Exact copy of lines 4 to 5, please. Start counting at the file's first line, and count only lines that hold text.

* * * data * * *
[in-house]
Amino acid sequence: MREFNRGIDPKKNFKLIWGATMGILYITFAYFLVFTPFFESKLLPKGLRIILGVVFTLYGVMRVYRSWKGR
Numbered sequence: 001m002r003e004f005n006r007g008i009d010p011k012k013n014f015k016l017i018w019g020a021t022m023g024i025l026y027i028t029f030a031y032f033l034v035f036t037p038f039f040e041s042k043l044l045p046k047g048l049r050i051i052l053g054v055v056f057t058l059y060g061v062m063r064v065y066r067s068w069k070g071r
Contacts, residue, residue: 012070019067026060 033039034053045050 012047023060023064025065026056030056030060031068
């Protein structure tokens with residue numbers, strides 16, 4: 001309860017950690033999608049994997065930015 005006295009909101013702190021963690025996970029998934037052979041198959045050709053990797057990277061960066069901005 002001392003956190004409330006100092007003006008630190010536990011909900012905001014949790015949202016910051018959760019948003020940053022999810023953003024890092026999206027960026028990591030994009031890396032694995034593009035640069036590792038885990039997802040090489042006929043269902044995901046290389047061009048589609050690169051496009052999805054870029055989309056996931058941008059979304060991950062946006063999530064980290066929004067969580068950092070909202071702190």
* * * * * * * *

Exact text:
Contacts, residue, residue: 012070019067026060 033039034053045050 012047023060023064025065026056030056030060031068
């Protein structure tokens with residue numbers, strides 16, 4: 001309860017950690033999608049994997065930015 005006295009909101013702190021963690025996970029998934037052979041198959045050709053990797057990277061960066069901005 002001392003956190004409330006100092007003006008630190010536990011909900012905001014949790015949202016910051018959760019948003020940053022999810023953003024890092026999206027960026028990591030994009031890396032694995034593009035640069036590792038885990039997802040090489042006929043269902044995901046290389047061009048589609050690169051496009052999805054870029055989309056996931058941008059979304060991950062946006063999530064980290066929004067969580068950092070909202071702190």